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Or is Bruce Babbitt a man so guarded and complex that neither friend nor enemy has grasped his essence?
During the course of Bruce Babbitt's political career, journalists have profiled him any number of times. He is often cast favorably, but thinly, as a larger-than-life, archetypal Western character, the intellectually gifted scion of a ranching family who became environmentally enlightened and rode off to Capitol Hill to fight the evils threatening the planet.
Babbitt, who dismisses such characterizations as "superficial," can name only two articles about him that he really likes. One, a 1993 Rolling Stone piece detailing his ideas on environmental reform, he remembers because it made him sound more profound than he recalls being. The second, a piece written by Primary Colors author Joe Klein, appeared in New York magazine following the 1988 presidential campaign. One small section of the article describes Babbitt pulling on a beer in an Iowa bar and asserting that his failures in the campaign drew him closer to his sons, Christopher and TJ, who learned that their struggling father needed their support.
When several of Babbitt's friends are asked to describe him, they all immediately note that he's a devoted parent. And they say he is an eclectic intellectual, an avid reader, a fan of writers Aldo Leopold and Wallace Stegner, a guy who truly has a reverence for the land.
If none of these observations seems to run deep, that may be because Bruce Babbitt has talked publicly about all of them. And although these "public" character traits seem to be genuine, Babbitt has also used them to his political advantage.
It is clear that Babbitt has a real, spiritual connection to land and a passion for the out-of-doors. Reverence for the land showed up in Babbitt's early writings, long before he expressed political ambitions. And as a young man, Babbitt became disenchanted with the Catholic religion and explored spiritual philosophies of Native American friends.
Recently, Babbitt framed one of his political goals--saving and rethinking the Endangered Species Act--in a spiritual context. And religious leaders, traditional allies of the far right, rallied to help defeat a Republican bill that would have gutted the act.
The "newly elected Congress was armed with an agenda that was both hostile to God's creation and determined to dismantle the very legal tools--especially the Endangered Species Act--that allow us to restore it," he said to a religious convention several months ago.
And he meant it.
But even Babbitt's closest friends and relatives are hard-pressed to explain how he really feels about most other things.
"People vastly underestimate his breadth of character and emotion. It is because he is very self-contained and measured," says Fred DuVal, a longtime friend and former gubernatorial staffer who is now a deputy campaign manager for the Clinton-Gore reelection campaign.
"He's very shy, and his reluctance to be emotionally overt comes from his shyness, not from a lack of emotional depth. He's a very sensitive guy, but he's not communicative about his emotions. You learn to read it in his face, his demeanor, his reaction to things."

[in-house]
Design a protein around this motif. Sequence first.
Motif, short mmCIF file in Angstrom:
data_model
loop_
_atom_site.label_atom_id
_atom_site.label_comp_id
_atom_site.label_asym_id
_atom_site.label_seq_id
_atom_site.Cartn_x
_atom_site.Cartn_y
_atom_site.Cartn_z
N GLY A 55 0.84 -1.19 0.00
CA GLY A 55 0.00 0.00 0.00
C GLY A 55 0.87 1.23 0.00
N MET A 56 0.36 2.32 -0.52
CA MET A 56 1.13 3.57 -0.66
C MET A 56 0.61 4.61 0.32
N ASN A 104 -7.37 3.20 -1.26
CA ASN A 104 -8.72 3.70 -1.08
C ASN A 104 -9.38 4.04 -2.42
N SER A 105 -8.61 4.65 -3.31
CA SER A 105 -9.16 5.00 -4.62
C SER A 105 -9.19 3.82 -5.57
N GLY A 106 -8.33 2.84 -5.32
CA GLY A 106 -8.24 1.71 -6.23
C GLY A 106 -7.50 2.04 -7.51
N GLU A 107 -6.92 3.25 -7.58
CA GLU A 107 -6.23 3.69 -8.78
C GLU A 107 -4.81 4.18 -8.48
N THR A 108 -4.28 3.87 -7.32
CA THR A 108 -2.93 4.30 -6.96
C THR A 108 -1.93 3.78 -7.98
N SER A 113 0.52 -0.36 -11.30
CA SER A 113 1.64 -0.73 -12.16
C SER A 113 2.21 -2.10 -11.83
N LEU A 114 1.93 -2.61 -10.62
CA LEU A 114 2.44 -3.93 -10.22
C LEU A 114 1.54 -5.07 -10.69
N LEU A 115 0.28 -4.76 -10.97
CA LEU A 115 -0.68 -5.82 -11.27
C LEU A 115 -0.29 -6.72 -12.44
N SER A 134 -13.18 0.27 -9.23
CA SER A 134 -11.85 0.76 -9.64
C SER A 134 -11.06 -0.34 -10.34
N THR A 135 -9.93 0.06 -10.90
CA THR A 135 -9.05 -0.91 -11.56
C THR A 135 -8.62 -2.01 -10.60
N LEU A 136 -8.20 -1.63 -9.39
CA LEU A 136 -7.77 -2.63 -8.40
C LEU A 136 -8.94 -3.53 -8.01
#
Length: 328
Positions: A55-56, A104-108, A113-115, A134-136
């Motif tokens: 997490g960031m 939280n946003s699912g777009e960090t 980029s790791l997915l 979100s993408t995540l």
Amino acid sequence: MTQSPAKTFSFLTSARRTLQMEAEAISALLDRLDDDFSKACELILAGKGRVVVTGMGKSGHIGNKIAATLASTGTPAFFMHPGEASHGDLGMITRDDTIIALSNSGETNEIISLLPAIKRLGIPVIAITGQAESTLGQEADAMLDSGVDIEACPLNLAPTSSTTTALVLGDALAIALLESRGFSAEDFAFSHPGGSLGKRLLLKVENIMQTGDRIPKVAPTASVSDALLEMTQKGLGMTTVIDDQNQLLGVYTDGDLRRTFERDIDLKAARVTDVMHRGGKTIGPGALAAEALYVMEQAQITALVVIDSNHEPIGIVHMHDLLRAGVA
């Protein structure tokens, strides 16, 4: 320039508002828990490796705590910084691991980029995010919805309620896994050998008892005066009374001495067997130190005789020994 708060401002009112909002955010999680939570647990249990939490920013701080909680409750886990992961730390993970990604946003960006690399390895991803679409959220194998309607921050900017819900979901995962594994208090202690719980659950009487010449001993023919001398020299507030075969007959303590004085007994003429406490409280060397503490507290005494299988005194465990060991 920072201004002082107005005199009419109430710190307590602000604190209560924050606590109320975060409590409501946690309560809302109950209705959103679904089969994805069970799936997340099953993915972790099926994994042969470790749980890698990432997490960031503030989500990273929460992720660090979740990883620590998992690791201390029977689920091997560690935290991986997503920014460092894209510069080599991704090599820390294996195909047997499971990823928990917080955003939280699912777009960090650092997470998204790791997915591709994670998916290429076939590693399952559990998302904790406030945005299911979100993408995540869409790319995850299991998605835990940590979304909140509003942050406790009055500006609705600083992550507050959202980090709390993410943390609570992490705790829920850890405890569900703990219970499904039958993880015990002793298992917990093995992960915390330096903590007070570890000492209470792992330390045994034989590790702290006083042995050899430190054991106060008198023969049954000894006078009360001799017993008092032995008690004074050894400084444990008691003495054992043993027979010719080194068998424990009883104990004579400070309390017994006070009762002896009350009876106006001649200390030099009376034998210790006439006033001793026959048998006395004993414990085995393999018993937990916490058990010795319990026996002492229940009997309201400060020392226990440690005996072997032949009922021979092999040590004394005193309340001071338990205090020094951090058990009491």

Babbitt is comfortable having one-on-one conversations about policy and philosophy, but is awkward and clumsy in social situations. Some friends joke that Babbitt fibbed when he admitted, during the 1988 presidential campaign, that he'd tried marijuana years before.
"Bruce has a hard time being one of the guys," a close friend says. "He tries, but it just doesn't come across."
Babbitt himself says not having to go to parties and fund raisers is one of the better things about his Interior job. Friends, meanwhile, say he may be content to soldier along for Clinton because he's lost much of his political ambition. Unless he is nominated for the U.S. Supreme Court or to an ambassadorship, he may have attained his highest political post.
"I'll buy that, I guess," Babbitt says, when asked if his ambitions are diminished.
But he seems uncomfortable when he's queried about emotions, or how he feels, often deflecting the question with a joke or a platitude. "I'm not very introspective," he says, suggesting that he's always been too busy to spend much time looking inward.
"I've got a lot of things to do when I get up in the morning," he says, with just a hint of sarcasm.
Luckily for the people attending a Native American conference in Prescott this midsummer afternoon, Bruce Babbitt has no last-minute travel changes, no eagles to release.
The Bureau of Indian Affairs is an agency within the Department of the Interior, and the conferees in Prescott are planning next year's budget. They need Babbitt's political clout to derail drastic cuts proposed by the Republican majority.
But he's an hour late. And the conferees wonder whether he'll show up at all.
Finally he arrives, dashes into a side room, gets briefed by aides.
A well-muscled man named J.O., who is one of Babbitt's driver-bodyguards, clears the men's rest room in case Babbitt needs to use it before speaking. J.O. seems a bit harried. He mutters something about how Babbitt's Washington scheduling office doesn't understand the vast distances in the West. It's almost four o'clock. Babbitt has yet to speak to the group. That will take at least an hour. Maybe two hours. How in the world will Jose, the relief driver, be able to deliver Babbitt to the Phoenix airport, at least a two-hour drive from Prescott, in time to catch a 6:30 flight to Oregon?